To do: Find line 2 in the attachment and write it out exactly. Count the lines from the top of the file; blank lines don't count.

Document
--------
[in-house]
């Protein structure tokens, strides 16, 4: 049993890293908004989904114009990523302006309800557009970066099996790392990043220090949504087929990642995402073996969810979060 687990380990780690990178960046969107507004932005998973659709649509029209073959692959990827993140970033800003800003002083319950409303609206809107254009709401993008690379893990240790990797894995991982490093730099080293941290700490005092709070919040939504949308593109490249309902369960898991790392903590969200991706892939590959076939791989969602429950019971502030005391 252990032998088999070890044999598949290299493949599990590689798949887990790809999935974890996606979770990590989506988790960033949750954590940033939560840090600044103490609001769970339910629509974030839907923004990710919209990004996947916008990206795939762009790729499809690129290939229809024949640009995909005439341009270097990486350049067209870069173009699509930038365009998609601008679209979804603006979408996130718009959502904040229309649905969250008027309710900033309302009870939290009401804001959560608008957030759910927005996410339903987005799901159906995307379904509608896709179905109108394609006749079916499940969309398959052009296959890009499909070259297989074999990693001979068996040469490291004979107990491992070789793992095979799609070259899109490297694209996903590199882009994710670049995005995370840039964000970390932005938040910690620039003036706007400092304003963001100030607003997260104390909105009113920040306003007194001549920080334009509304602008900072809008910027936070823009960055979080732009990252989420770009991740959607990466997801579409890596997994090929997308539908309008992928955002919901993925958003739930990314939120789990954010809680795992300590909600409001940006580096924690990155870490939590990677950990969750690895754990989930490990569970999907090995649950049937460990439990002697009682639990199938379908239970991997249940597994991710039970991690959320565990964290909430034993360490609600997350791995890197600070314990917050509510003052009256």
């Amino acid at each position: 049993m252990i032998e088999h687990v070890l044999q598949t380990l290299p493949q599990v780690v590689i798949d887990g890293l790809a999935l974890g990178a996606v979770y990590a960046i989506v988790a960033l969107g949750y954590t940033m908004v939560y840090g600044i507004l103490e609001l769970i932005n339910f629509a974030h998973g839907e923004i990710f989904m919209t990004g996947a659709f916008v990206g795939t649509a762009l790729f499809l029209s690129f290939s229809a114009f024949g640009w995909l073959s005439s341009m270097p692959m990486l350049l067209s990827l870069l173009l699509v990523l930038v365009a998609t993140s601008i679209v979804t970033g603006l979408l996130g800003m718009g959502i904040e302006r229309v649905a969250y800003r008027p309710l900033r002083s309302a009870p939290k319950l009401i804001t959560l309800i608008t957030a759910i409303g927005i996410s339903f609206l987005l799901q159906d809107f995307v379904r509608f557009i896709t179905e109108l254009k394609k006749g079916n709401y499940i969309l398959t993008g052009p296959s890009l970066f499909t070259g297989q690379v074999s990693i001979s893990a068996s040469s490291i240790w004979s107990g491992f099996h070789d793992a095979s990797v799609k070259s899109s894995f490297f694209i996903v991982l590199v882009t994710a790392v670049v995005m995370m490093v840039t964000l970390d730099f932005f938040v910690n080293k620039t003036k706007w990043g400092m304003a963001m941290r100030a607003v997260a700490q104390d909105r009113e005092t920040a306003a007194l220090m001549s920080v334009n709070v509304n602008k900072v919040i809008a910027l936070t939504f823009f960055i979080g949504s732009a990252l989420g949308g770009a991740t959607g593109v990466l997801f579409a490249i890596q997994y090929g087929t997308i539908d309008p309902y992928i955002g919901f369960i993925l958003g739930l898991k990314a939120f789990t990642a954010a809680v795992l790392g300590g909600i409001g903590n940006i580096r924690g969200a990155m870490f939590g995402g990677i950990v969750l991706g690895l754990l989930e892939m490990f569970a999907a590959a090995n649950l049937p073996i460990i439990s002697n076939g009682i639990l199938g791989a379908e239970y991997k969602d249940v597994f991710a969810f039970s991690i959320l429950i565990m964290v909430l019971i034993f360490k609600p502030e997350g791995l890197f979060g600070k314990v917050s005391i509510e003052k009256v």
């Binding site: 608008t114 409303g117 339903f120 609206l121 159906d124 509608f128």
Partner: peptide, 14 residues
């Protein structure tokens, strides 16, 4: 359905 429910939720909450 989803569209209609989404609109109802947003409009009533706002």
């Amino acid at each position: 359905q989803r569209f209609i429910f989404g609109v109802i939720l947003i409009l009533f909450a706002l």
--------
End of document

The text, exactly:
């Protein structure tokens, strides 16, 4: 049993890293908004989904114009990523302006309800557009970066099996790392990043220090949504087929990642995402073996969810979060 687990380990780690990178960046969107507004932005998973659709649509029209073959692959990827993140970033800003800003002083319950409303609206809107254009709401993008690379893990240790990797894995991982490093730099080293941290700490005092709070919040939504949308593109490249309902369960898991790392903590969200991706892939590959076939791989969602429950019971502030005391 252990032998088999070890044999598949290299493949599990590689798949887990790809999935974890996606979770990590989506988790960033949750954590940033939560840090600044103490609001769970339910629509974030839907923004990710919209990004996947916008990206795939762009790729499809690129290939229809024949640009995909005439341009270097990486350049067209870069173009699509930038365009998609601008679209979804603006979408996130718009959502904040229309649905969250008027309710900033309302009870939290009401804001959560608008957030759910927005996410339903987005799901159906995307379904509608896709179905109108394609006749079916499940969309398959052009296959890009499909070259297989074999990693001979068996040469490291004979107990491992070789793992095979799609070259899109490297694209996903590199882009994710670049995005995370840039964000970390932005938040910690620039003036706007400092304003963001100030607003997260104390909105009113920040306003007194001549920080334009509304602008900072809008910027936070823009960055979080732009990252989420770009991740959607990466997801579409890596997994090929997308539908309008992928955002919901993925958003739930990314939120789990954010809680795992300590909600409001940006580096924690990155870490939590990677950990969750690895754990989930490990569970999907090995649950049937460990439990002697009682639990199938379908239970991997249940597994991710039970991690959320565990964290909430034993360490609600997350791995890197600070314990917050509510003052009256």